Cannabis has had a long and complicated history in the United States. Starting in the 1920s, several states began to ban the use of the herb, eventually leading to a federal ban on the use of the plant for several decades. It wasn't until the 1970s that regulators began to consider the medical applications of cannabis and started to implement medical programs across the country. CBD was not recognized as a medicinal agent for quite some time, and regulators saw all forms of the cannabis plant as medicine, including hemp.
However, with the recent passing of a bill that differentiates between hemp and marijuana, hemp has been removed from the list of restricted substances, giving people open access to it for the first time in over 80 years. The picture is constantly changing, however, as each state has its own laws in response to this federal change. Some states are slower than others in making these changes. To understand why CBD has so many uses, it's important to understand what it is and how it works.
CBD is short for cannabidiol, one of more than 400 compounds found in the cannabis plant. It is arguably the most relevant for medical use. Cannabinoids are a unique class of compounds not exclusive to cannabis plants. You can also find them in plants such as echinacea or helichrysum, but none as abundant as cannabis.
Cannabinoids are classified by their ability to interact with a specialized system of receptors and hormones in the body called the endocannabinoid system. In contrast, cannabinoids that come from plants such as cannabis are called phytocannabinoids. The endocannabinoid system is a regulatory system that indirectly controls a variety of processes in the human body by either increasing or reducing them. This is why compounds like CBD have such a long list of benefits and uses.
By working through the endocannabinoid system, CBD offers a wide variety of benefits to the human body, including regulating stress response, promoting sleep, regulating metabolism and even reducing pain signals sent to the brain. The reason why CBD has so many uses is due to its ability to interact with this centrally regulated endocannabinoid system. This has a ripple effect on the rest of the body, helping to regulate other organ systems throughout the body. Science has come a long way in recent decades to track the benefits of cannabis and its main cannabinoids, CBD and THC (the main psychoactive cannabinoid). Thousands of scientific studies have been published that highlight the benefits of CBD for specific conditions or define its safety.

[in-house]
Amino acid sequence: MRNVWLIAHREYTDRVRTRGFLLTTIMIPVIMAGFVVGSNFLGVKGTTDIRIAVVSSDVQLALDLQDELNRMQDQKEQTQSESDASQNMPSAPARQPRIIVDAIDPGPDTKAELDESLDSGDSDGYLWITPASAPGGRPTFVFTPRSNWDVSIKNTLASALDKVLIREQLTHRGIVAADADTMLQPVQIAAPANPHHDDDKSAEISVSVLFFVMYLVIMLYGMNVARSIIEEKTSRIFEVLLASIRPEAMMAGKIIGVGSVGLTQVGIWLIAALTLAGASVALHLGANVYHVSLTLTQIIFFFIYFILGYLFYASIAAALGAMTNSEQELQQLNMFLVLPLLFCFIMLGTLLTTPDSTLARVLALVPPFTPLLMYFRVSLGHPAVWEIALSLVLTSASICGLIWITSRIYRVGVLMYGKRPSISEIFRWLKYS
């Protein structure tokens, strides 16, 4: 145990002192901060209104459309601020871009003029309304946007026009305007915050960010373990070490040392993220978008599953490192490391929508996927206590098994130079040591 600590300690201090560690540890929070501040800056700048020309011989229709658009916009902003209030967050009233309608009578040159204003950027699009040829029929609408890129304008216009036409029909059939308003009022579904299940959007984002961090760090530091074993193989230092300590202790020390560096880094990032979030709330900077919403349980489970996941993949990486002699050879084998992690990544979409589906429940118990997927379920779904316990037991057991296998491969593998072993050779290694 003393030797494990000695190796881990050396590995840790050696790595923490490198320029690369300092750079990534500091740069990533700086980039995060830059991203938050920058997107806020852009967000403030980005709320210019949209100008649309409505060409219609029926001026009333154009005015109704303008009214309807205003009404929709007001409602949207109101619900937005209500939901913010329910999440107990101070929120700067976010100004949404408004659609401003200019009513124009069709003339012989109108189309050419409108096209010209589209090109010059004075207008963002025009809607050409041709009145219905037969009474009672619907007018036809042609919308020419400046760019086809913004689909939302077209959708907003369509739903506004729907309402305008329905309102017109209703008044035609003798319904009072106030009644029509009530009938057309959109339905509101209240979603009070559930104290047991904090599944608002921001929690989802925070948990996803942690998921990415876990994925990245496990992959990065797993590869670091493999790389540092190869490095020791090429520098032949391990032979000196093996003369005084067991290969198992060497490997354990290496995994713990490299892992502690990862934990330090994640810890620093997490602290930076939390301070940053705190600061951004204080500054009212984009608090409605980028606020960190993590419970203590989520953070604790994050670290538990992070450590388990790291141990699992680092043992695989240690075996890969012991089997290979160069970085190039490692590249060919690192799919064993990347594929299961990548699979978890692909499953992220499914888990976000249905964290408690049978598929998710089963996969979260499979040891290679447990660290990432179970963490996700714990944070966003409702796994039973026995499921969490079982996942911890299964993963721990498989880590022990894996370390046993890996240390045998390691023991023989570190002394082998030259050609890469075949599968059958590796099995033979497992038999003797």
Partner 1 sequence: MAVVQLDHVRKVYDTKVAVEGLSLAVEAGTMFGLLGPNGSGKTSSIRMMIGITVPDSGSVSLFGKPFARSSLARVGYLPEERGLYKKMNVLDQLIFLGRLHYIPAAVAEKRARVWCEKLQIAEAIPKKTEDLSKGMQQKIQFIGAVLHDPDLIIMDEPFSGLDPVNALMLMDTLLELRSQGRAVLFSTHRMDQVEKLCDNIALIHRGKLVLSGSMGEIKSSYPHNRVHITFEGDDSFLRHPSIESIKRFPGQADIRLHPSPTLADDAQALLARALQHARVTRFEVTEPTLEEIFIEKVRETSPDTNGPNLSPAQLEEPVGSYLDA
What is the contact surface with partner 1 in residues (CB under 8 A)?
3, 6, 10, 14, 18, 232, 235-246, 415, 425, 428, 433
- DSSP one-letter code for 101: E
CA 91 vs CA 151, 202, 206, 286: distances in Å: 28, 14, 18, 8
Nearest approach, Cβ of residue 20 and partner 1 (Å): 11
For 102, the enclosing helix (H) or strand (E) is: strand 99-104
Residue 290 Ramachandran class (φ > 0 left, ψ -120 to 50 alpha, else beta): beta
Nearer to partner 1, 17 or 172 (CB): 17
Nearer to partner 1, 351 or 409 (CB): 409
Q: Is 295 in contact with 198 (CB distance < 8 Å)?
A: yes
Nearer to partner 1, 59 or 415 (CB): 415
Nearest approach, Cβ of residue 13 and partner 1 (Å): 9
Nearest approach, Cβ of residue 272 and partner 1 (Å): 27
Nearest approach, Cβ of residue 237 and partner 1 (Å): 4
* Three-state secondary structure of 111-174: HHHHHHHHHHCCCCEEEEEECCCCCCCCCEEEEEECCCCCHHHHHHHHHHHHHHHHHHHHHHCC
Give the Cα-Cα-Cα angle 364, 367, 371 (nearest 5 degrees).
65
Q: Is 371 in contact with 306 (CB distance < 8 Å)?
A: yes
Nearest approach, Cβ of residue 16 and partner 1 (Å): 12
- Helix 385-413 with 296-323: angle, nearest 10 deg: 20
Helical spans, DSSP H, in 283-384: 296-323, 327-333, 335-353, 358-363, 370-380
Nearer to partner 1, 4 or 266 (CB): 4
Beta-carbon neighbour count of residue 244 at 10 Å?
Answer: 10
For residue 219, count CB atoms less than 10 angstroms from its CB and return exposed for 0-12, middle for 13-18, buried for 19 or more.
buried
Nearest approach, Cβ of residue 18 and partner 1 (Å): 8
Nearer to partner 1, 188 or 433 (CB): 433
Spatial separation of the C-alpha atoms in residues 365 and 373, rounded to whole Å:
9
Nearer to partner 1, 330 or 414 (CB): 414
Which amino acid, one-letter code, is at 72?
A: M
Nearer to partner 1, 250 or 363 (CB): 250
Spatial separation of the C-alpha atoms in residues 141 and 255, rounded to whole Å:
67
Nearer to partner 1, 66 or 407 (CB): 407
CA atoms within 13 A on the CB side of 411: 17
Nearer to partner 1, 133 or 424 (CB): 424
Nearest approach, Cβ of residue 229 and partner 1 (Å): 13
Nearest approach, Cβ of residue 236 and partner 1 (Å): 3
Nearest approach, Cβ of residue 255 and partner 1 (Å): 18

In light of these reports, people around the world have begun to open up to using CBD as a health supplement with some caveats related to THC, which is found in marijuana plants. Marijuana has had a long and challenging history with respect to legal status in the United States and other countries around the world. To this day, it is still banned in most countries. As times change and more people begin to understand its usefulness, laws are gradually beginning to review its status country by country. In 1970, The Controlled Substances Act was passed in the United States which banned marijuana in all forms of use including medical use. There is a big problem that regulators face with cannabis: some of its compounds are powerfully medicinal while others cause consumers to become high. In the United States change is slow and complicated as cannabis laws differ at both federal and state levels and can vary significantly from state to state.
Some states allow only medical use while others are completely legal for whatever reason; you can even buy products at corner stores, gas stations and vending machines. It's important to pay attention to local laws in your specific state and check for updates regularly as laws continue to evolve around cannabis. There are two main types of cannabis: marijuana and hemp; it's important to make this distinction because it's key in determining whether a product is legal or illegal. Although both types of cannabis are from Cannabis sativa they produce radically different cannabinoid profiles; marijuana plants produce medium-high levels of tetrahydrocannabinol (THC), which is what causes users to become high while hemp plants produce low levels of THC but high levels of cannabidiol (CBD).In light of all this information it's important to know which states have legalized hemp-derived CBD products so you can stay informed about your local laws: Alabama, Georgia, Indiana, Idaho, Iowa, Kansas, Kentucky and North Carolina.